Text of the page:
Other animals and birds are frequently depicted in the caves, like lizards, frogs, and owls--owls and bats, night "birds," represented the spirit world.  I haven't yet seen a bat pictograph or petroglyph, though their faces were the most common thing that decorated the handles of Taíno ceramics.... By the way, you may have to look closely to find the owl petroglyph.  He was carved using the natural flow of the rock to form his body, and his head is twisted to look at you sideways, in typical "barn owl" pose.  Fungus growing on the rock has turned him green. To the Taíno, the head was very important--the repository of all a person's thoughts and memories, and perhaps what we refer to as the soul.

"Happy Faces"?

These are petroglyphs.  The first set are carved into stalagmites facing the entrance of a cave called Chicho just outside East National Park, which has been an important source of fresh drinking water for thousands of years.  The second photo is of "Las Caritas" (The Little Faces) that are carved high on the rock cliffs overlooking Lake Enriquillo in the southwest.

"Reading" the Caves

Some of the caves, like Guacara Sanabe, Jose Maria, and Las Maravillas, have vast panels of drawings, all crowded together.  What was the relationship among the drawings?  Does each panel, in fact, tell a story, if only we could "read" them like the Taíno did?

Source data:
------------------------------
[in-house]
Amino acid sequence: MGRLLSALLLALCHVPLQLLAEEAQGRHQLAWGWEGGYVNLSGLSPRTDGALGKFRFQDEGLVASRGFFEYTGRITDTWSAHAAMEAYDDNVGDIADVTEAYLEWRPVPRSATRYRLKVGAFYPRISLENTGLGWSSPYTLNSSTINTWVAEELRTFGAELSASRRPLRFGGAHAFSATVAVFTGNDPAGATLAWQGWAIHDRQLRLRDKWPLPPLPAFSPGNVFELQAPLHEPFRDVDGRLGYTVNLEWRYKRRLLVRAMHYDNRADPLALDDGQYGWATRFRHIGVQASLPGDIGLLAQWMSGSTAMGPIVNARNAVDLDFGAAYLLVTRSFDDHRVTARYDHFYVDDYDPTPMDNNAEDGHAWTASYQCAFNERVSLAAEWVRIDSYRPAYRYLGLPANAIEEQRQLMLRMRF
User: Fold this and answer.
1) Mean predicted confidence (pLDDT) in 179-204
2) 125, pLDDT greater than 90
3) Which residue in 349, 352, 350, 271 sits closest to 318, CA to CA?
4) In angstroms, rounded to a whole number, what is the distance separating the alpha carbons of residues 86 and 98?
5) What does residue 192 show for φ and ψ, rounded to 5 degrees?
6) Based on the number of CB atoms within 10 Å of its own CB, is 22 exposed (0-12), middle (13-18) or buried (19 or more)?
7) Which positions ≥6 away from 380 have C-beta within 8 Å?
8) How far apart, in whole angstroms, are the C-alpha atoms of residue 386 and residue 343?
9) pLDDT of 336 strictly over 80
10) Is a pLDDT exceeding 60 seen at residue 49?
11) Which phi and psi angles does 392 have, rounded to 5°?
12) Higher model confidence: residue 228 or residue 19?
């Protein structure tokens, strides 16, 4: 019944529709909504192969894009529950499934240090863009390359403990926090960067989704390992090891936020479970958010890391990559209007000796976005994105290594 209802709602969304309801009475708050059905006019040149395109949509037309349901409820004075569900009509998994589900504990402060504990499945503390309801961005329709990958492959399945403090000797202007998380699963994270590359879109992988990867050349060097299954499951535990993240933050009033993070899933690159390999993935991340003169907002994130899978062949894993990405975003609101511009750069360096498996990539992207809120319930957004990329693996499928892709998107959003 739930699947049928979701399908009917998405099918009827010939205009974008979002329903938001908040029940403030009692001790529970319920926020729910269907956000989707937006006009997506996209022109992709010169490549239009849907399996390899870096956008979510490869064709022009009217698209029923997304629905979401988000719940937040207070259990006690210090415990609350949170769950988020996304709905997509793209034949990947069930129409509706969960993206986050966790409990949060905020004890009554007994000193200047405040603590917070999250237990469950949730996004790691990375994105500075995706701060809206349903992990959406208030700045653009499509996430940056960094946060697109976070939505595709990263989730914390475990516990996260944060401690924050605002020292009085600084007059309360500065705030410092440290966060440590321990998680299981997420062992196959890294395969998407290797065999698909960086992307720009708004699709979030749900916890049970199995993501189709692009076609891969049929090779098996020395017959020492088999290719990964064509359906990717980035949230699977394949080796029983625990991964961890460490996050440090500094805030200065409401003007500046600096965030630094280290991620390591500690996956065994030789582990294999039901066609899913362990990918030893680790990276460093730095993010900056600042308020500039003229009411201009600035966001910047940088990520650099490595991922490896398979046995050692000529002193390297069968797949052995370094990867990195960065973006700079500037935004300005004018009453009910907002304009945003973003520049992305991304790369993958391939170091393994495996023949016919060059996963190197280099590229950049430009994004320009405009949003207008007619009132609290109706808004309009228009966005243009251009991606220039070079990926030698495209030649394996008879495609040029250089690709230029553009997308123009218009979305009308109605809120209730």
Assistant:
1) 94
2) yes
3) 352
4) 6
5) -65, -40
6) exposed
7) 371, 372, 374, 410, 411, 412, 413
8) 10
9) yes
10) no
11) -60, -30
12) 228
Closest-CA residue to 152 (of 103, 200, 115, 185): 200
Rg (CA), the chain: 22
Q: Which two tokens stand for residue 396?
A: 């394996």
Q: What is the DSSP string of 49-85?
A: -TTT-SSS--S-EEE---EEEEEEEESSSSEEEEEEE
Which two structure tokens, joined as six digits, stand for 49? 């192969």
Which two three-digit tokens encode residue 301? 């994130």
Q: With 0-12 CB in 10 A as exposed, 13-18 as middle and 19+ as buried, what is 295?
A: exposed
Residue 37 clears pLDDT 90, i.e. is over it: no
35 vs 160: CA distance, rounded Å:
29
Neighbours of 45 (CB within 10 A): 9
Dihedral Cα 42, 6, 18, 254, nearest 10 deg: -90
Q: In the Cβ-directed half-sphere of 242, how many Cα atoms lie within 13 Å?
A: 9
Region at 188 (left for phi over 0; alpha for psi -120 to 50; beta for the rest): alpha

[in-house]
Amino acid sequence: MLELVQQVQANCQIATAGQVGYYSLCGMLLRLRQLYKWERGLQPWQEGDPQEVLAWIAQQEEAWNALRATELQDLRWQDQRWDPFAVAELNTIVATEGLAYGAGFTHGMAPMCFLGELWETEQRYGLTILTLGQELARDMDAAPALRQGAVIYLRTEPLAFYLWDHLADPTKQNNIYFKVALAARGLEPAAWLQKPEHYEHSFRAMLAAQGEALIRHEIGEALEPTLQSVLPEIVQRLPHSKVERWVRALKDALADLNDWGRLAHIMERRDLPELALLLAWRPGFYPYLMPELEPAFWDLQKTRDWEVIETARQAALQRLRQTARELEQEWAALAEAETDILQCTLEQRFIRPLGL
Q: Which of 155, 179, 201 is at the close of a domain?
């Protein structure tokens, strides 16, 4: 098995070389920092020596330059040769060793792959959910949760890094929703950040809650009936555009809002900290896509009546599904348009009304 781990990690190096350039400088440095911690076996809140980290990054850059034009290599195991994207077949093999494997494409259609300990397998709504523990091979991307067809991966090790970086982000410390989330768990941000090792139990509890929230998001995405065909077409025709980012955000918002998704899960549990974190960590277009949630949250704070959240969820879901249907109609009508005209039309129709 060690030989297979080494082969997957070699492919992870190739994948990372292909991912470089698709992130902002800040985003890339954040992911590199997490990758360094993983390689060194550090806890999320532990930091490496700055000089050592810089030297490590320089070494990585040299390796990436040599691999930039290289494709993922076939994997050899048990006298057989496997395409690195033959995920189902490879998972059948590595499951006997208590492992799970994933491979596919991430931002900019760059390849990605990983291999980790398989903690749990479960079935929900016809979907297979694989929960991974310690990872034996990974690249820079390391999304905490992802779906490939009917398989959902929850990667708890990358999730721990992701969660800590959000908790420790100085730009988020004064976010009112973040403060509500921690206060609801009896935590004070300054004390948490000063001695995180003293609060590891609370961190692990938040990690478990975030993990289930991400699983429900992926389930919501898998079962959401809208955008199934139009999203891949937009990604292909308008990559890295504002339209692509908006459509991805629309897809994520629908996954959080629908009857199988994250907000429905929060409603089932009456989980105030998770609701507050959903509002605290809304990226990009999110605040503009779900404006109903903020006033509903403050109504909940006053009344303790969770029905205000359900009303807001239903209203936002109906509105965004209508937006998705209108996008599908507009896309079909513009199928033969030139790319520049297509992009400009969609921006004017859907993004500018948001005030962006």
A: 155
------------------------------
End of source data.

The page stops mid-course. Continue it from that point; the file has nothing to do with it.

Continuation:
The Spanish Invaders

Is this drawing in Pommiers a cat?  If so, it was drawn after the arrival of the Spaniards, for there were no cats in the Americas before that.

And is this drawing in Jose Maria a bearded Spaniard?

How about this one, also in Jose Maria?  It could be interpreted as a man with a beard, a ship with a mast, and maybe a man on horseback.

Start of War

This is part (about 1/3rd) of the so-called Tribute Panel in Jose Maria that some have "read" as a description of the agreement between Spaniards and Taínos from Isla Saona to provide casabe bread for Spanish sailors.  I think the interpretation is only partly right.  I think it deals with the Spaniards seeking cassabe bread from the Taíno, in particular the Spanish Captain Salamanca, who went to the Higuey region around 1502, when more food was needed to feed the Taíno workers constructing the new Fortress of the Ozama in Santo Domingo.  A fierce dog from his ship attacked the cacique, disembowling him; he died three days later.  The event caused the Taino of the region to rise up in rebellion against the Spaniards.  I think this part of the panel shows the violence of the start of that war.

This page was created: Friday, 28 January, 2005
Last Update: Monday, 31 January, 2005